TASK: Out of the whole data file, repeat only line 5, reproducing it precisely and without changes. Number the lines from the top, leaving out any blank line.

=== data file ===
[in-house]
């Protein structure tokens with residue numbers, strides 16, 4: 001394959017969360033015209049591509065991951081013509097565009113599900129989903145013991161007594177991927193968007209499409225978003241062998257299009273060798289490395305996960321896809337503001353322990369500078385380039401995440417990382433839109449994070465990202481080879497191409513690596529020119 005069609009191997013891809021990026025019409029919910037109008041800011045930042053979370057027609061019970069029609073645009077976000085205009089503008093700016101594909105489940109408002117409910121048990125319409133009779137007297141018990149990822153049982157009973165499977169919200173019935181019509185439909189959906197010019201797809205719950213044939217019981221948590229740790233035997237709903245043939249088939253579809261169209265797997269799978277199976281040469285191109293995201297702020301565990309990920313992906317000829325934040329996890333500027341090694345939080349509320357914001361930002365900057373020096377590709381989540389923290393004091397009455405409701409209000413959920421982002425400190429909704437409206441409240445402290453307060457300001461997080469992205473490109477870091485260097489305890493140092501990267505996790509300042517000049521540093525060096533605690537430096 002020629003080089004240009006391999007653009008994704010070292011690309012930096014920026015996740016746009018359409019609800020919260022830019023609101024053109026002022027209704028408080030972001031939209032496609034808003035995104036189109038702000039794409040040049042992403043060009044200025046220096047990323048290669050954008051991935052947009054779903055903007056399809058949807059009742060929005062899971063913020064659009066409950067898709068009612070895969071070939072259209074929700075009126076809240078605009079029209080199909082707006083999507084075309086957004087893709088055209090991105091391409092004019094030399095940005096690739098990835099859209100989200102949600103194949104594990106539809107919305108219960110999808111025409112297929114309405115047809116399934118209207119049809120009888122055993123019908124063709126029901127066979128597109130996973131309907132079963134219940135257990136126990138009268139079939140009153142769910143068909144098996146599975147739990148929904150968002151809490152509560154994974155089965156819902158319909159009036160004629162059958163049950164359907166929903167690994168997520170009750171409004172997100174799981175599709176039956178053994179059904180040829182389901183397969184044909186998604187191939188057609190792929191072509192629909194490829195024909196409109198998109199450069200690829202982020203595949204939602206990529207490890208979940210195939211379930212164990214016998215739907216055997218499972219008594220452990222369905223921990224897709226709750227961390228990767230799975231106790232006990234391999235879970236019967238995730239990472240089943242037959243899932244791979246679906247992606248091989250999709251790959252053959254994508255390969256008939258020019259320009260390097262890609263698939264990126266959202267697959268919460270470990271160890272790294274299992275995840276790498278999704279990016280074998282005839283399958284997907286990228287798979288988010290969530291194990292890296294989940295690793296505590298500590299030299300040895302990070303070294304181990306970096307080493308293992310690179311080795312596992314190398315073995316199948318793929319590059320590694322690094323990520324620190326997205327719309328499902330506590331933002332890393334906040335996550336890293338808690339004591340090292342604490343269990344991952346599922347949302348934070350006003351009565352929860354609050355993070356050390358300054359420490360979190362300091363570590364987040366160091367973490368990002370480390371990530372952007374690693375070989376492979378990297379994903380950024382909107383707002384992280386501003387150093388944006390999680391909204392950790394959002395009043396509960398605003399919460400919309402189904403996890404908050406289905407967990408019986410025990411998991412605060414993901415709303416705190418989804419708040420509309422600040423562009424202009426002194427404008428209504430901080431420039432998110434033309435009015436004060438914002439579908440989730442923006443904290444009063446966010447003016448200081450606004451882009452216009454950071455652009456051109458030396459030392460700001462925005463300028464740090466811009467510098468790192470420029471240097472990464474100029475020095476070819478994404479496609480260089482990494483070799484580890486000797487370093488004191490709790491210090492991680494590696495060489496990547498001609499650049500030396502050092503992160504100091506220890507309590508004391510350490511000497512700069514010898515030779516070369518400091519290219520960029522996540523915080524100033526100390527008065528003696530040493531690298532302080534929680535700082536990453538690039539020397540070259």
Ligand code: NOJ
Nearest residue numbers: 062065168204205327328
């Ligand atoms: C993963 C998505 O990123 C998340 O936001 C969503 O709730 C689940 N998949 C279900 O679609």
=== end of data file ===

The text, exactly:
């Ligand atoms: C993963 C998505 O990123 C998340 O936001 C969503 O709730 C689940 N998949 C279900 O679609």